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Popular culture goes back to the Thirties

Suddenly, austerity – and its twin, nostalgia – are breaking out all over

A renaissance in popular culture from the austerity period that began in the 1930s is seeing theatres, cinemas and the small screen packed with the grit, grimness and escapist Technicolor of the pre-war and subsequent wartime years. Fashion, from high-end Prada to the online retailer ASOS, and hairstylists, are also picking up on the theme.

Sarah Churchwell, a cultural commentator and academic at the University of East Anglia, said that each decade's art subconsciously reflects the moods, fears and anxieties of the time. "There are many similarities between now and the 1930s," she said. "Not just economically. Both periods saw shifts in global power and instability. The response to the economic depression came not just in escapism, but also anxiety and psychological depression."

Susan Currell, a senior lecturer in American Studies at Sussex University, added: "I think people want to escape, but also to look at the reality of what's happening. The bestselling book of the 1930s was Gone With the Wind, and that looked back to a previous period of hardship. Even with escapism, however, there's a response to austerity. The Wizard of Oz is escapist, but it's also about returning to how you were."


Hollywood can be relied on for a couple of hours of fantasy, but the Brits are made of sterner stuff. Colin Firth is winning plaudits for The King's Speech, out next month, about King George VI's ascension to the throne in 1936. An adaptation of Brighton Rock, Graham Greene's 1938 novel, will be released in February. Hollywood, however, is preparing to bring the 1930s radio hero from The Green Hornet to the big screen, along with Green Lantern, based on the comic-book hero who debuted in 1940. The much-anticipated Tintin from Steven Spielberg and Peter Jackson, based on three 1940s comic books, is also due out next year.


Theatre-lovers are either escaping the gloom or confronting it head on in the West End, as grimy drama from the 1930s vies with light escapist farce from the period. Men Should Weep, set in a 1930s Glasgow slum and written in 1947, will be followed at the National next year by Clifford Odets' 1938 play Rocket to the Moon. Also in – or about to be in – the West End are J B Priestley's 1938 farce When We Are Married; Noël Coward's 1941 comedy Blithe Spirit; Lillian Hellman's 1934 drama The Children's Hour, which will star Keira Knightley and Elisabeth Moss; Tennessee Williams' 1944 play The Glass Menagerie, and Andrew Lloyd Webber's musical version of the 1939 film The Wizard of Oz.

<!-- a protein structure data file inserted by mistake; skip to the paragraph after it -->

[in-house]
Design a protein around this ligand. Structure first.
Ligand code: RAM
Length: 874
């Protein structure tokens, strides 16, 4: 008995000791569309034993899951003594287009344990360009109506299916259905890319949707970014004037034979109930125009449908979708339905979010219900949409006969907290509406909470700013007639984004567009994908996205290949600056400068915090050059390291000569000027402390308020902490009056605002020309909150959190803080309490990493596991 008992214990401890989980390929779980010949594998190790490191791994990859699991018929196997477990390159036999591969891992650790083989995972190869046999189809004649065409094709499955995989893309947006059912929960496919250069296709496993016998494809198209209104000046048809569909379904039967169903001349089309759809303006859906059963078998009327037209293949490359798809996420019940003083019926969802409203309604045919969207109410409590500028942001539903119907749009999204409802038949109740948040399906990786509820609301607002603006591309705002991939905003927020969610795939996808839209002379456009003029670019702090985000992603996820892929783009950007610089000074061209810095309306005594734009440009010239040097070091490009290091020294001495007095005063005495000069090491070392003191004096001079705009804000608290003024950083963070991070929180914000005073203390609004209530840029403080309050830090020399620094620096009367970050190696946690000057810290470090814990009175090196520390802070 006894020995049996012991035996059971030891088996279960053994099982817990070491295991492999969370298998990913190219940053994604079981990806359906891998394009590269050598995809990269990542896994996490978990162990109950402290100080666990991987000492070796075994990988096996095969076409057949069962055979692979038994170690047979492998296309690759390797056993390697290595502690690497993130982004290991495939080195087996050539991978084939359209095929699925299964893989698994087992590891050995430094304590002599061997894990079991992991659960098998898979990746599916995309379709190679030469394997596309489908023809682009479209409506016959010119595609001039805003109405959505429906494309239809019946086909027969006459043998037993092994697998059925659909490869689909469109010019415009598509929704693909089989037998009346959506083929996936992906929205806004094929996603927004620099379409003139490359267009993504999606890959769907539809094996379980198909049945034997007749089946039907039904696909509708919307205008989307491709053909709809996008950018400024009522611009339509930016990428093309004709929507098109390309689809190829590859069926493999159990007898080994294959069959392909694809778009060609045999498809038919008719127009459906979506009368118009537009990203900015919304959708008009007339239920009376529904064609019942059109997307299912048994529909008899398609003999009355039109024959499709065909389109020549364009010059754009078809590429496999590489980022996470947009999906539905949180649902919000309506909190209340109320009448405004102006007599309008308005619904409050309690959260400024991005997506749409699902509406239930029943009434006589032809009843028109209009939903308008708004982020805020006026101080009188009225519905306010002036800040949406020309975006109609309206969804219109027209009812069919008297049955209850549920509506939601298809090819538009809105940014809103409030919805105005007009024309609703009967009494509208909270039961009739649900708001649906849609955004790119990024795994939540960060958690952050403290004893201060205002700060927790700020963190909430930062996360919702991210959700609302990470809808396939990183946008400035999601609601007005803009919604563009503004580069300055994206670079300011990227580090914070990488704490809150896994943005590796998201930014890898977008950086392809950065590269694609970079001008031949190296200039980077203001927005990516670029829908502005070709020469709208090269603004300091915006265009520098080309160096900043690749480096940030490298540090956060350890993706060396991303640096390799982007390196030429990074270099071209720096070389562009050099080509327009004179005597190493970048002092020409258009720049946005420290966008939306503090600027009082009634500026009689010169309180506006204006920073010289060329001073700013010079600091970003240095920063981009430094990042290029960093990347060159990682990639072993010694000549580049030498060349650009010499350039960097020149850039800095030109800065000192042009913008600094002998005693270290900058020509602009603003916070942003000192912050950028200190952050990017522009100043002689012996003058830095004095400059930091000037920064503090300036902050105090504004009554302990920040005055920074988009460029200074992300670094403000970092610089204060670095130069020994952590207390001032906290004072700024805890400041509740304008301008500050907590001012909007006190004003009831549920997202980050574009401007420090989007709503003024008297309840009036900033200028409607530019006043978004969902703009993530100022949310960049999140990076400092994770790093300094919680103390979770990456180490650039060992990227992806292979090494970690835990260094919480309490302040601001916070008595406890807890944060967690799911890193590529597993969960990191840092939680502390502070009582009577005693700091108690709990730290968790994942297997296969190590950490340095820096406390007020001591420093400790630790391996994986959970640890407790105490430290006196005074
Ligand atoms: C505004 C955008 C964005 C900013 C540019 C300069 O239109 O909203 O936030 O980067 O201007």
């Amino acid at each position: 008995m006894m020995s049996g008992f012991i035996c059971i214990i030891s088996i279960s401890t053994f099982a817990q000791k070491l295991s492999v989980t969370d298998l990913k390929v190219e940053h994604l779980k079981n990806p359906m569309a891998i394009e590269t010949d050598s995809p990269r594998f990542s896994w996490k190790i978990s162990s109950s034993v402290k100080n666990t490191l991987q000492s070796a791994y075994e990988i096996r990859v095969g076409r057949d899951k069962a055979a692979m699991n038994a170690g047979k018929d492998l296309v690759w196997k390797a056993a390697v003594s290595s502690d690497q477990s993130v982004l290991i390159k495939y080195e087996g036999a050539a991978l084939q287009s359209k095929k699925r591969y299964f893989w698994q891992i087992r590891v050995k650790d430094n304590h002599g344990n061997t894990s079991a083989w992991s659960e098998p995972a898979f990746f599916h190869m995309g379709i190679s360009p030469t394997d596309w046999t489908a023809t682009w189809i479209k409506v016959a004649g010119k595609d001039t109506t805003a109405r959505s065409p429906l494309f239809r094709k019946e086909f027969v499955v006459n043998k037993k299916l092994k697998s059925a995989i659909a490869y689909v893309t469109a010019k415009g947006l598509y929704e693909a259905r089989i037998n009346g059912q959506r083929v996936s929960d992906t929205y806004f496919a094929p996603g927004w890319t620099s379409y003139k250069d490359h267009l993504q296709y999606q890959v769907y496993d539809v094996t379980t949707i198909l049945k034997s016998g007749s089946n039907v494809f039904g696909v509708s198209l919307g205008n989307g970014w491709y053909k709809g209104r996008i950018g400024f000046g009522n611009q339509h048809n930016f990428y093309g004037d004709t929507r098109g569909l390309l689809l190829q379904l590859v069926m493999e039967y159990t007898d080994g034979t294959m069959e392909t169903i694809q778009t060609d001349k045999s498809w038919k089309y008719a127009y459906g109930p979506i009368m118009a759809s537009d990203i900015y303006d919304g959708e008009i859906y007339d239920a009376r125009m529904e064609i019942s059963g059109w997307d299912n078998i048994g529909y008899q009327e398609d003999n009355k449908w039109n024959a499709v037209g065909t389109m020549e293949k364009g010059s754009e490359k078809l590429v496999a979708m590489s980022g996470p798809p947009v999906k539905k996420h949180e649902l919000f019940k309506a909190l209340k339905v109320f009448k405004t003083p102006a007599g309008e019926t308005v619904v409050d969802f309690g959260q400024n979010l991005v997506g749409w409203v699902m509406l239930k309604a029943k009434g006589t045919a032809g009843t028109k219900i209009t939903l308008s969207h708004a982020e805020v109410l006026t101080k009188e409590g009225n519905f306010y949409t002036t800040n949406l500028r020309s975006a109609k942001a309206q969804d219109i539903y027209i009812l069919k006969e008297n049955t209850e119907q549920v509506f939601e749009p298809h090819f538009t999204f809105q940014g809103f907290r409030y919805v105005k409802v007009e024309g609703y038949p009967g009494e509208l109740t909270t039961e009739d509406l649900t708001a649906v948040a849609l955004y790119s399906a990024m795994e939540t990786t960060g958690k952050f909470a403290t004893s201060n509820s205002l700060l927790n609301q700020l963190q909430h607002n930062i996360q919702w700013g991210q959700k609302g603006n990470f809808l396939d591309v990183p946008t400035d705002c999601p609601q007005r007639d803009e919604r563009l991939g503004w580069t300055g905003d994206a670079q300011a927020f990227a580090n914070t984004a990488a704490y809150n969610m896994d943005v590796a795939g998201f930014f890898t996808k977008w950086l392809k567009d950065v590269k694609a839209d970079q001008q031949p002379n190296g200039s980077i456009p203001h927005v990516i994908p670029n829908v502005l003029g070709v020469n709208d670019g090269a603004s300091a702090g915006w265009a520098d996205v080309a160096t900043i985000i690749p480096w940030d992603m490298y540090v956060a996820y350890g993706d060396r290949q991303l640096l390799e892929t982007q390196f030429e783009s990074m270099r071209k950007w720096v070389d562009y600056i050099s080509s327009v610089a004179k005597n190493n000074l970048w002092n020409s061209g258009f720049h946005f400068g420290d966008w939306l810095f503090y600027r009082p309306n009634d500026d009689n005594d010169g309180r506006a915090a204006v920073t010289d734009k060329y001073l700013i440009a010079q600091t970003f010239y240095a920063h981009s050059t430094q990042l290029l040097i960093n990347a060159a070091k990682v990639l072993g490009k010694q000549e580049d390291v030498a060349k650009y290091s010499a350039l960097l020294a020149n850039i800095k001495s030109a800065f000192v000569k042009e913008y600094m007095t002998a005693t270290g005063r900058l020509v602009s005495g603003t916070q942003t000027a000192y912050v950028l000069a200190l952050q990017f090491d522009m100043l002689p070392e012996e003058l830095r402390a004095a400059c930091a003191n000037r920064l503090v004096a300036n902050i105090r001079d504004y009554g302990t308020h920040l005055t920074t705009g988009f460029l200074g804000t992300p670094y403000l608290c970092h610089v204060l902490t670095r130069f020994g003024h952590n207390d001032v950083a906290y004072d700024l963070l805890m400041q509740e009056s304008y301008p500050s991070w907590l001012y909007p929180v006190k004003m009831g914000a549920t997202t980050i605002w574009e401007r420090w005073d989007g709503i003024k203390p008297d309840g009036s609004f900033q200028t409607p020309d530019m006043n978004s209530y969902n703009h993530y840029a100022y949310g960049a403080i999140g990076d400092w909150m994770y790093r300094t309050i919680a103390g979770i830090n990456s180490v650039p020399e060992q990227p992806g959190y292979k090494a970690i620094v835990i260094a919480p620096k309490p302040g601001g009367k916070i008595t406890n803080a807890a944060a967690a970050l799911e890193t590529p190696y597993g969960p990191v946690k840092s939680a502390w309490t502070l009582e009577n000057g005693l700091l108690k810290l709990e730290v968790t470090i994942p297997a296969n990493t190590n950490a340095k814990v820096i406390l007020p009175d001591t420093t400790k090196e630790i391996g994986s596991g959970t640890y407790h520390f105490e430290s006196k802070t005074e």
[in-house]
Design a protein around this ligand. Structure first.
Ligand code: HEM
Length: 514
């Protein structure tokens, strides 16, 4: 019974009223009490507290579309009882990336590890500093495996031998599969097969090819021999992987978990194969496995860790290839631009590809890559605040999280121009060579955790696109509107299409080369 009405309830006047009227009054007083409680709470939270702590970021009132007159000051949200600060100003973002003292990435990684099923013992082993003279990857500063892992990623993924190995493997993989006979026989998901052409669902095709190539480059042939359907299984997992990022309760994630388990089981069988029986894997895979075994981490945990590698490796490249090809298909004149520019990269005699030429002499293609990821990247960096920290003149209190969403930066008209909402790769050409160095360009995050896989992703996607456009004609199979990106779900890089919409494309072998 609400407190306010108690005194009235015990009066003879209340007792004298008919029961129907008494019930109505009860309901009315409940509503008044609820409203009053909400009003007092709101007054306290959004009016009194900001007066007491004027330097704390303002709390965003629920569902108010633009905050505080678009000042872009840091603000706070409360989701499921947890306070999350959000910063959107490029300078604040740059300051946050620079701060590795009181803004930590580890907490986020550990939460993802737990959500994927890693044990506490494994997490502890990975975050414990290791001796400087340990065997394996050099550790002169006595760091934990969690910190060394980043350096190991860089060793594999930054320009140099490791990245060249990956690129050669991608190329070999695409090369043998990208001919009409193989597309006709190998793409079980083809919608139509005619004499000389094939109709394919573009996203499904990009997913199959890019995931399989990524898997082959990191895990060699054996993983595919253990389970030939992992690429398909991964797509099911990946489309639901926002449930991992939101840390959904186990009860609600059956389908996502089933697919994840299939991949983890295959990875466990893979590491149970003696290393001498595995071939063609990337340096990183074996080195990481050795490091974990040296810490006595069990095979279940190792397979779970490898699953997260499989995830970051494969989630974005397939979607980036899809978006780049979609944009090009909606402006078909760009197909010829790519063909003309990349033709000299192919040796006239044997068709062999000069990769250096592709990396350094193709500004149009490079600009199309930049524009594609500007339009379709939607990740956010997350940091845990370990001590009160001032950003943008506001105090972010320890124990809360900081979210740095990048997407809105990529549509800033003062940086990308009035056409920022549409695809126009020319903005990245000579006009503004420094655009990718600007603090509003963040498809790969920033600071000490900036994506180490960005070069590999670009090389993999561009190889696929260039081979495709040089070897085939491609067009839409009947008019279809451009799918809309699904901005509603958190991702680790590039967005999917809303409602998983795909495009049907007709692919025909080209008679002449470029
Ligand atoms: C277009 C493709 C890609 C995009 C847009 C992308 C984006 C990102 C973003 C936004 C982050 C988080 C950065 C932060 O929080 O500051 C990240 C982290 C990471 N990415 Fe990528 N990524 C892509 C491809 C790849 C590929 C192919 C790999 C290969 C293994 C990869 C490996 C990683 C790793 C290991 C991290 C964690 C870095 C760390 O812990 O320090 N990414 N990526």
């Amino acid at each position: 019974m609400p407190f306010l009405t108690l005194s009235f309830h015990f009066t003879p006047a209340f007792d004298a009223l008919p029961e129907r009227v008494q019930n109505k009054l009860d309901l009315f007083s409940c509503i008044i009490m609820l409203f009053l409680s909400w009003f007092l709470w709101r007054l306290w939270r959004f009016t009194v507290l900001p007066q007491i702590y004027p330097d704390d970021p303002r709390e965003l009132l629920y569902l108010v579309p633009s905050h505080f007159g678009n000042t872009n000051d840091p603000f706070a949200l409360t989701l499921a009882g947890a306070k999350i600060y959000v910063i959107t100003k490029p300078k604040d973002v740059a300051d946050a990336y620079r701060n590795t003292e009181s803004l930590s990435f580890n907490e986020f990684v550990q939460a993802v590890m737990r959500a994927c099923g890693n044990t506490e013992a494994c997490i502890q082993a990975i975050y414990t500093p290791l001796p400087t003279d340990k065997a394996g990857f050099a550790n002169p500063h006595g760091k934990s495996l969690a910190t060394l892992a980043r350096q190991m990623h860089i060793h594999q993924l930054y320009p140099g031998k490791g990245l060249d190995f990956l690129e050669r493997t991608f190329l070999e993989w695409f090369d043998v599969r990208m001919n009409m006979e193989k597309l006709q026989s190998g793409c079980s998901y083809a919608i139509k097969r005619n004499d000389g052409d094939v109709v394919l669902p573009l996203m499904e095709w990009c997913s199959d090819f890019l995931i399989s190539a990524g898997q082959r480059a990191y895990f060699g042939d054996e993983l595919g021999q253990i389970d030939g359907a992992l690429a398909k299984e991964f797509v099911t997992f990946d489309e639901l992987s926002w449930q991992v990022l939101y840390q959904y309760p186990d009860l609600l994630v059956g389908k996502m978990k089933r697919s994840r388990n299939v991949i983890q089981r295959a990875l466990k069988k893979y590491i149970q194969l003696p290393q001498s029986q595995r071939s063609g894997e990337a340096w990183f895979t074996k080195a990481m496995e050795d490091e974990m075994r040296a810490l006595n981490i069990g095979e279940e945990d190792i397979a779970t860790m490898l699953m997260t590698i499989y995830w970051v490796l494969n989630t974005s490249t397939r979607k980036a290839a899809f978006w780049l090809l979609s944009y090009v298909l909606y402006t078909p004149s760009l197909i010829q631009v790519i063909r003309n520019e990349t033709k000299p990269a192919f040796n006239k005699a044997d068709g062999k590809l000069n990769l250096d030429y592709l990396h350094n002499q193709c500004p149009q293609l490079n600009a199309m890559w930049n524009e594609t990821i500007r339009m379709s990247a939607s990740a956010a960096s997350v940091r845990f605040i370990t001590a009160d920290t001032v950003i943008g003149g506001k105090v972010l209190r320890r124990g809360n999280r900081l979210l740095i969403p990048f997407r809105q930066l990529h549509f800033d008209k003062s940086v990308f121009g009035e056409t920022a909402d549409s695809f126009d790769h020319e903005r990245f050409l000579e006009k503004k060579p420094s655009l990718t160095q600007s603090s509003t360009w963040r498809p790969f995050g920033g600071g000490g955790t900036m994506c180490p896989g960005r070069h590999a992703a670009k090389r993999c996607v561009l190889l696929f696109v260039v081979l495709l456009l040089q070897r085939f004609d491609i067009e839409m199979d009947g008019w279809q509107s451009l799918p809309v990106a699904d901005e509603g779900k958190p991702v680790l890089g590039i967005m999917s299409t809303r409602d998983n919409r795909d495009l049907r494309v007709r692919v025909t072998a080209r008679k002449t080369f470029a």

Hard times are also being reflected on the high street. "The 1930s look is right for today because, post-recession, more people are looking for investment pieces and classics, such as stripes, that won't date," says Harper's Bazaar. "The look is elegant, sophisticated and very feminine. In times of financial difficulties, people go that extra mile to look respectable and elegantly dressed, which in turn helps to lift the nation's mood."


Ballroom dancing is enjoying a boom thanks to Strictly Come Dancing, but couples are also flocking to genteel tea dances and trying their hand (or feet) at the gravity-defying Lindy Hop, a 1930s precursor to jive. Simon Selmon, of the London Swing Dance Society, said: "There's been a resurgence in Lindy Hop over the past couple of years. It's part of the growing interest in vintage, burlesque and cabaret."


Men were serious in the 1930s and wore short, back and sides. That look is back, according to Jerome Hilton of award-winning stylists Hair and Jerome in London. Men such as George Clooney and Tobey Maguire are looking to former style icons such as Robert Montgomery and William Powell for inspiration. "Men now take a lot of care about how they look and I have been styling my clients in 1930s looks for a while. We can do a slick side parting with Brilliantine for the office, then create finger waves for a night out."


The small screen is also turning to the austere decades for inspiration. Upstairs, Downstairs, the classic 1970s ITV drama about life in a London townhouse, is being revived by the BBC, with the story being picked up in 1936. Christopher and His Kind, a biopic of the writer Christopher Isherwood, predominately set in 1930s Berlin, is also coming to the BBC, as is South Riding, a saga set in 1930s Yorkshire, based on Winifred Holtby's novel and adapted by Andrew Davies.